Flotsam by Melody Tennity

Frank and I fished a small tournament on the South Winter Haven Chain of Lakes last week. The chain is comprised of Lakes Shipp, Lulu, Eloise, Roy, Summit, Winterset, Little Winterset, May, Howard, Cannon, Mirror, Idylwild, Hartridge, and Jessie. We fished Summit and Eloise for most of the six hours. This year, the water was high from the constant rains this summer/fall, and how much it affects these fish, we’re not sure.
Being Northeners, we don’t get it. When we have high water up north, the fish go shallow; when the water temps get up in the seventies, the fish are usually all out active. Not so down here. We tend to forget that in all this year’s late fall heat, this is winter to the these warm water bass and they become very lethargic. It seems like every year, we have the same problem when we get here, trying to force feed fish that have no interest in our fast moving baits. Hence, the day of the tournament was no different. Frank and I were fishing along shallower weed edges, me, dipping a Texas Craw and, Frank throwing a spinnerbait parallel to the weed edge. Not a bite. Not a nibble. At some point, I thought, maybe they want a slower presentation, so I dug my wacky rigged rod out of the mass mess (10 rods and reels) beside my seat, impaled a watermelon/red Zoom Trick Worm on the hook (Arkie offset worm hook, 1/64 oz., WalMart) and gave it a mighty heave out toward the middle of the lake. Then I just let it set – didn’t twitch it – didn’t move it – didn’t jiggle it. It’s called dead sticking your bait. As I started to slowly reel it up, I felt a slight pressure on the line. It’s hard to explain to novice anglers what that feels like because it can be so imperceptible. With a mighty jerk, I had the first keeper (15 1/2″) in the boat. I felt relieved; we weren’t skunked.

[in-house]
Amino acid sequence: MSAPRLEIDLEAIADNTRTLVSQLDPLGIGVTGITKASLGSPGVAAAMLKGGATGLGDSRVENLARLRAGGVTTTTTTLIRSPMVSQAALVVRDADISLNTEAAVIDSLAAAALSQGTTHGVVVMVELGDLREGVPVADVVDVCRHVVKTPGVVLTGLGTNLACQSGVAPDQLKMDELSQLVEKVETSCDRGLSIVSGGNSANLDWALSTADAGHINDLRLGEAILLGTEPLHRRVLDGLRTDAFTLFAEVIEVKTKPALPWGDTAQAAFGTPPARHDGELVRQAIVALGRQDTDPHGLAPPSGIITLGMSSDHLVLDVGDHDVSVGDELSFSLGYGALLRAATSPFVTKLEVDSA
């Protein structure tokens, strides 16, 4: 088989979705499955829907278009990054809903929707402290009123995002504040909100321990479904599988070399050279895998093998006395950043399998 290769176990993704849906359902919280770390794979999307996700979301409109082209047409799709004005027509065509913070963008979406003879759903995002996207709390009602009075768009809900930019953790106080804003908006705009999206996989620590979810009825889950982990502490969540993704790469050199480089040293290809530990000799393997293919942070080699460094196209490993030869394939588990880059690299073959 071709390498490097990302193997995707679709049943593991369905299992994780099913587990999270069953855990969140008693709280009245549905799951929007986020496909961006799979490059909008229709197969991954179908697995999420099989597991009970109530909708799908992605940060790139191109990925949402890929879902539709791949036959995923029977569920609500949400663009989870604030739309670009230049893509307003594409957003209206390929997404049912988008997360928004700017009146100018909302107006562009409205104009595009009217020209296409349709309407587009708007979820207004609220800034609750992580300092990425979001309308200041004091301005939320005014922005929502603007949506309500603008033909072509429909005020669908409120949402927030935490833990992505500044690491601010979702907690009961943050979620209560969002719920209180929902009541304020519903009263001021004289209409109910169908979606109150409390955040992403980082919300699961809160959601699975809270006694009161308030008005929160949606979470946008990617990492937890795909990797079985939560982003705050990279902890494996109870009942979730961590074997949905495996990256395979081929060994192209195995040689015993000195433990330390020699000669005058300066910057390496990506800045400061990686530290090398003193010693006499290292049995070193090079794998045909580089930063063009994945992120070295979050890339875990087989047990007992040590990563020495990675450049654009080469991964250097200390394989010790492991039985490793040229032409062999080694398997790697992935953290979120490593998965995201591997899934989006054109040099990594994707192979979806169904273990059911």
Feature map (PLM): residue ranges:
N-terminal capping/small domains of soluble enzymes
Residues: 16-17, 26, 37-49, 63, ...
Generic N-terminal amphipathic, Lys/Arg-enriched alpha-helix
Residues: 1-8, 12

My momma didn’t raise no fool. If it worked once, why not try it again? It worked again. So the big message to me was, we had been fishing way too fast and way too shallow. Then the bite dropped off, so now what to do? Change color. I looked in my tackle bag and selected a black grape Trick worm and hooked it the same way (in the middle of the worm). The bite was back on.
Does color matter? The light had changed, so my bait had to change, at least its color had to change. Do I figure it out every time? No, but with two experienced anglers in the boat, we have a better chance to figure it out and put something together in the limited amount of time we have.
Altogether, we caught approximately twenty bass. We won the tournament with ten plus pounds, didn’t get rained on, nor sunburned and had the opportunity to spend a wonderful day on the water together.
All was good.